I take your hand. You look away, I’m almost sure, you don’t want to be here. But I want to be here and I know I’ll maybe pay for this later on. You turn to me and kiss my cheek, and whisper how you love me. I try to not to smile, but I can’t help it. Damn you and your charm.
My friends look on, I can see how jealous they are and for a moment I enjoy their envy. The song “mbakubye equalizer” plays in my head. And indeed, I have, I’m so gleeful. I remember everything they said about me.
‘She’s getting old. She looks ugly, look at her long skirts, she can never get a man.’
And to my face they commiserated with me. Smiled and cried with me.
When I met you, they were sceptical, for surely how could a man like you be interested in a pauper like myself.
I was too. I mean, look at you, and look at me.
You’re perfect, I am not.
You’re sweet, I am not.
You’re beautiful, I am not.
You’re you, and I am……me
They were right to be skeptical, beneath the roses, lie the thorns. Beneath the man lies the monster.
In public, like now, you smile and hold my hand and kiss my cheek, and whisper sweet nothings. And my friends envy me. You turn on the charm which you know I cannot resist.
But when we are alone, away from the eyes, the cameras and the lights, I am your slave, your punching bag, yours to do with as you please.
People are vicious. Society even more so. They do not know, they’ll judge you if you leave and judge you if you stay.
I watched a woman be torn to shreds for speaking about how her husband used to treat her. Of course to her face they pretend to be empathetic. The media made a whole hullabaloo over the issue. And many people denounced domestic violence as an evil. But behind closed doors, she is judged for ‘leaving a man like that.’ And they wonder, ‘where, at her age will she find someone to love her.’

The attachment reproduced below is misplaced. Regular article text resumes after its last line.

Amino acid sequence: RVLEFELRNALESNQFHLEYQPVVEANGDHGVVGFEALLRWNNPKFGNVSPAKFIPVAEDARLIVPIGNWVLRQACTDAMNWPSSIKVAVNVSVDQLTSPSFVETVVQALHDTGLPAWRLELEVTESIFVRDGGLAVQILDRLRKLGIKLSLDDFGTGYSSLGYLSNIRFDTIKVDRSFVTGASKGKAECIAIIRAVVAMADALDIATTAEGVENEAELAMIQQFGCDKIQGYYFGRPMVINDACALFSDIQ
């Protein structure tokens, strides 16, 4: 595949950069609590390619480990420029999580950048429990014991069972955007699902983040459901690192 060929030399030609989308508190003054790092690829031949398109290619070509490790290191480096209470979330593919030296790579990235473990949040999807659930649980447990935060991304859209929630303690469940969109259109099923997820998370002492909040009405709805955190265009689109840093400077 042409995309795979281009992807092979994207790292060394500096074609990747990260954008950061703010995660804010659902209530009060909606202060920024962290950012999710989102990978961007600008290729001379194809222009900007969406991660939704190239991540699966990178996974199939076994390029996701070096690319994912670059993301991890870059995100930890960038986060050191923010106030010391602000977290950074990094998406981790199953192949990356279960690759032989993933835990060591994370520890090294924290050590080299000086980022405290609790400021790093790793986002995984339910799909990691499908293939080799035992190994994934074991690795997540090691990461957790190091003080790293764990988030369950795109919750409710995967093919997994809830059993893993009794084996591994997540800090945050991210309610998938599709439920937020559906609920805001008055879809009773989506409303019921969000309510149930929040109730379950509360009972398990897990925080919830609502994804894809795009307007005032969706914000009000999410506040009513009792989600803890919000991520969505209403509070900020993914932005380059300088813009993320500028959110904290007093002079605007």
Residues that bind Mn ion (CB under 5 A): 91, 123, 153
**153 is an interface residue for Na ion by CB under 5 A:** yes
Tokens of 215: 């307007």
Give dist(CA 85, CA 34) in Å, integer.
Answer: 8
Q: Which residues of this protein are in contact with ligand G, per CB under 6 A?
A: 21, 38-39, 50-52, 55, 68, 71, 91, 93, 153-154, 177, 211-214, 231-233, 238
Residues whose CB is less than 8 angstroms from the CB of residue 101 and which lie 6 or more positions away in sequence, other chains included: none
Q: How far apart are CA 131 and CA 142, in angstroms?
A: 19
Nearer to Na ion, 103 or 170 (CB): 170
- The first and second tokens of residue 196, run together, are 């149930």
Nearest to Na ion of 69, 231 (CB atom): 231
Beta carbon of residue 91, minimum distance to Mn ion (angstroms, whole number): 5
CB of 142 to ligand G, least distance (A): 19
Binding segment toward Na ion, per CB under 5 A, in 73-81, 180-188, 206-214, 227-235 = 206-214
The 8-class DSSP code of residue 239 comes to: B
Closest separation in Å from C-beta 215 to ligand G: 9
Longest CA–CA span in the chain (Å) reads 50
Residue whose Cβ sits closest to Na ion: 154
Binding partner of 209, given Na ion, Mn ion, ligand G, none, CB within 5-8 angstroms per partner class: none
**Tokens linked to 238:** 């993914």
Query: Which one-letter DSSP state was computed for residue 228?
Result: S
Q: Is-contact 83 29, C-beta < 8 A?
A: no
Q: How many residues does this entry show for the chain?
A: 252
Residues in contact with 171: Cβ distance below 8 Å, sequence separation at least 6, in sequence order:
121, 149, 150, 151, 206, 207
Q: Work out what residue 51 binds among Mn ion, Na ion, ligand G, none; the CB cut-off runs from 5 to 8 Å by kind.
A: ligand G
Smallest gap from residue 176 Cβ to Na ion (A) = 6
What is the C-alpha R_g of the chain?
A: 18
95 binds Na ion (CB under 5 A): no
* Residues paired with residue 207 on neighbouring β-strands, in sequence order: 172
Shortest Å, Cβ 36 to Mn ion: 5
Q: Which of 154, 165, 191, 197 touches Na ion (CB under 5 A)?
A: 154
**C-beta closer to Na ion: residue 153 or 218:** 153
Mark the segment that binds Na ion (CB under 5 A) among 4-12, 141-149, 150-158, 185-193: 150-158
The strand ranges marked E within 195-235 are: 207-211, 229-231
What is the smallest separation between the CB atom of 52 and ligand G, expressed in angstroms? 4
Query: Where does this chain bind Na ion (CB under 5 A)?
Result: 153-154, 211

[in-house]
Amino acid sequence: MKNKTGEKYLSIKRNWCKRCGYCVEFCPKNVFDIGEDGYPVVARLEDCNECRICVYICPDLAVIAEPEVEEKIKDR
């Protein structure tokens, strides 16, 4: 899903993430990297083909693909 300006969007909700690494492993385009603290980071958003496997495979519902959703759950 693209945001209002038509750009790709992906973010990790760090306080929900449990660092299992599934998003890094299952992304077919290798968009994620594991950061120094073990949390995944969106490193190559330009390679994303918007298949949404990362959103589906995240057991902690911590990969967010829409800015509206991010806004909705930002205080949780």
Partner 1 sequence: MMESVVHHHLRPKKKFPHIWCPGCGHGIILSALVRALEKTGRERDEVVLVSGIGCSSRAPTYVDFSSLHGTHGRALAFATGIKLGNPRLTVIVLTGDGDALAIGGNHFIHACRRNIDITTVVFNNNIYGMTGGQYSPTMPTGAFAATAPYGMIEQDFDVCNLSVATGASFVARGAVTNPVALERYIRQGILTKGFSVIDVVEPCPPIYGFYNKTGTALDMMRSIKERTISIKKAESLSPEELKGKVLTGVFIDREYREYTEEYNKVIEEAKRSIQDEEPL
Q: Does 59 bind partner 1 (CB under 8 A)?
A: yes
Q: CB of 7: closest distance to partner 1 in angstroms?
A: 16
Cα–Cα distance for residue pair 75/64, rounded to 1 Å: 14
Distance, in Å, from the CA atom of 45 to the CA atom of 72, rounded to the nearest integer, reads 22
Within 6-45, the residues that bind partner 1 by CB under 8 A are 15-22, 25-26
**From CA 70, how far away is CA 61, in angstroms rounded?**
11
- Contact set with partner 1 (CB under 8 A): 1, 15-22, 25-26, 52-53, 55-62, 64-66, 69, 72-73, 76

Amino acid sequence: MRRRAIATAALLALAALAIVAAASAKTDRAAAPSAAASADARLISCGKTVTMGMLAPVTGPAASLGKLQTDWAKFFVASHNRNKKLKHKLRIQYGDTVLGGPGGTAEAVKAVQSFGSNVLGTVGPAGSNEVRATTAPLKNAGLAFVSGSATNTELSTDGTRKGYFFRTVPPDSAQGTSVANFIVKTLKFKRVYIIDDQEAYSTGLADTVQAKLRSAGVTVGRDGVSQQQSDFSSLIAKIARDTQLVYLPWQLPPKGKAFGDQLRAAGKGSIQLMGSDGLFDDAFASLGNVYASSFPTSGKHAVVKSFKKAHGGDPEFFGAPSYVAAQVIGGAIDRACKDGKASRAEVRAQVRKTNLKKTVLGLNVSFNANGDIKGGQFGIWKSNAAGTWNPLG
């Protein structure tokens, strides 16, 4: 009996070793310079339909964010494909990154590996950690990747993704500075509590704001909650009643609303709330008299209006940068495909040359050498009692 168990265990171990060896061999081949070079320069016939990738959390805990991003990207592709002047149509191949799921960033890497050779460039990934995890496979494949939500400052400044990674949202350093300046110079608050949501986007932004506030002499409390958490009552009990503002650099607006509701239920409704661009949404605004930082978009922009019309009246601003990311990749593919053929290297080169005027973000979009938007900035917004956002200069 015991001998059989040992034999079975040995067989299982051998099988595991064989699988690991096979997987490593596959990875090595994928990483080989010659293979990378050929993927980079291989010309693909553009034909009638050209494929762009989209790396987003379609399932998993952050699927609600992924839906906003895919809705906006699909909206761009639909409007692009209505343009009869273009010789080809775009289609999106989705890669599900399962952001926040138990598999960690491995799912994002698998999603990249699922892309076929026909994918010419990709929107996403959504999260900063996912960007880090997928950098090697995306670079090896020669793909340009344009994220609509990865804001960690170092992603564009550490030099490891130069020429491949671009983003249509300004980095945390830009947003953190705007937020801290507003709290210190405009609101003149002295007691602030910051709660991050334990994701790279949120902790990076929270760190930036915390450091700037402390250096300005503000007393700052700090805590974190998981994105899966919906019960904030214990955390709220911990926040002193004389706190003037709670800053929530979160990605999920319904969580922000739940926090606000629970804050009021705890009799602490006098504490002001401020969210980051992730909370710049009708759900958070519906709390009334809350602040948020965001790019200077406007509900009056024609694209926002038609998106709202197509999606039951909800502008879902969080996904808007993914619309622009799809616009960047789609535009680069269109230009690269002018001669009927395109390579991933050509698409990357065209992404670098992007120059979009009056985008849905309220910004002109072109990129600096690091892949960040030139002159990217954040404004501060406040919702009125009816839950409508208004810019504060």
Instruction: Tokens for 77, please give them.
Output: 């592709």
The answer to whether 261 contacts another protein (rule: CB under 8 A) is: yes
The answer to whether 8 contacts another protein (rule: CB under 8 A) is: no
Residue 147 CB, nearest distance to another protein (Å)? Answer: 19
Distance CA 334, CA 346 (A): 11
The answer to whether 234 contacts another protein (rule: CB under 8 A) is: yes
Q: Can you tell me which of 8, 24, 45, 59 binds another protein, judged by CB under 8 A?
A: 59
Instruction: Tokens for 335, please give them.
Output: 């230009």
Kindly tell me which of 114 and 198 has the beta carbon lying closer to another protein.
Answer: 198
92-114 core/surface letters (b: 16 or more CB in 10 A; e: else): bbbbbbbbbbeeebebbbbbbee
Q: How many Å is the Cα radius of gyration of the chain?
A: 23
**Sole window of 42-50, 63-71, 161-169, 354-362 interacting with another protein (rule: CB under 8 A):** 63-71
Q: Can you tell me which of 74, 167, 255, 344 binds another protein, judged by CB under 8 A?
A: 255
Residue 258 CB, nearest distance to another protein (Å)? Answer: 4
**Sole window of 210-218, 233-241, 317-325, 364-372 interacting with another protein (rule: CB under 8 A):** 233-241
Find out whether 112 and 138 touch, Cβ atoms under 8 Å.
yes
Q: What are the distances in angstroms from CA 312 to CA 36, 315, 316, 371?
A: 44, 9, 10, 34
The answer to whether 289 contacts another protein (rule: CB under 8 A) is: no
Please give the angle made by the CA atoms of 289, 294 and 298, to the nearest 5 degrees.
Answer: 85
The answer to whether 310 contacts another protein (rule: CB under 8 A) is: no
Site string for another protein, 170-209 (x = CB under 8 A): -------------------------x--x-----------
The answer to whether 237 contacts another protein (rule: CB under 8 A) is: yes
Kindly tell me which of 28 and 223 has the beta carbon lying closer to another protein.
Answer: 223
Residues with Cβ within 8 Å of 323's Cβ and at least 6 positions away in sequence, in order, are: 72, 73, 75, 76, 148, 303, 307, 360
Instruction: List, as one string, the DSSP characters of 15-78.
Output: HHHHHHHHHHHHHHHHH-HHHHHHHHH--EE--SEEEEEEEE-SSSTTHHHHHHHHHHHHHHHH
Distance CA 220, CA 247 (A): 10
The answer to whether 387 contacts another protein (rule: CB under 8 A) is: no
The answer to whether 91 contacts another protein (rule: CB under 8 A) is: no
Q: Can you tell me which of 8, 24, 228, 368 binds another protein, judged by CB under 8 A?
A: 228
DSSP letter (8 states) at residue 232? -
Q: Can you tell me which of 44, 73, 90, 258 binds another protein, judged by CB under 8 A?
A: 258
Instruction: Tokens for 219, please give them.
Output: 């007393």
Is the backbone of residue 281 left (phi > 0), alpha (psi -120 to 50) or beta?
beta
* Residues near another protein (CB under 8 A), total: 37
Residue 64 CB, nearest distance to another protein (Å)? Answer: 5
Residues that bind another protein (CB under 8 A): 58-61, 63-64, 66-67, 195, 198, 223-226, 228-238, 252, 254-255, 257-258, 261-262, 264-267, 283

I once tried to tell my mother about what you do to me behind closed doors. She looked at me and burst out laughing. She then told me to stick it out and stay in my marriage, a little beating never hurt anyone, ‘after all he provides, he comes home every night and those beatings prove that he loves you.’
Except you don’t. Love me, that is. You’re not capable of it. You take and take but you never return.
But, as you keep reminding me night after night, where will I go? Who will love me? Who will even believe me? Who will fight for me. Society will judge my decision to leave.
And the sad things is I’m not really sure I want to go. So I’ll stay, I’ll smile, I’ll take your beatings and your words and I’ll wear my make up and I’ll be your loving wife, and our friends will keep envying me. I’ll stay. Because above all else, you make me a wife.
Also, ‘wear my make-up’ instead of ‘where my…’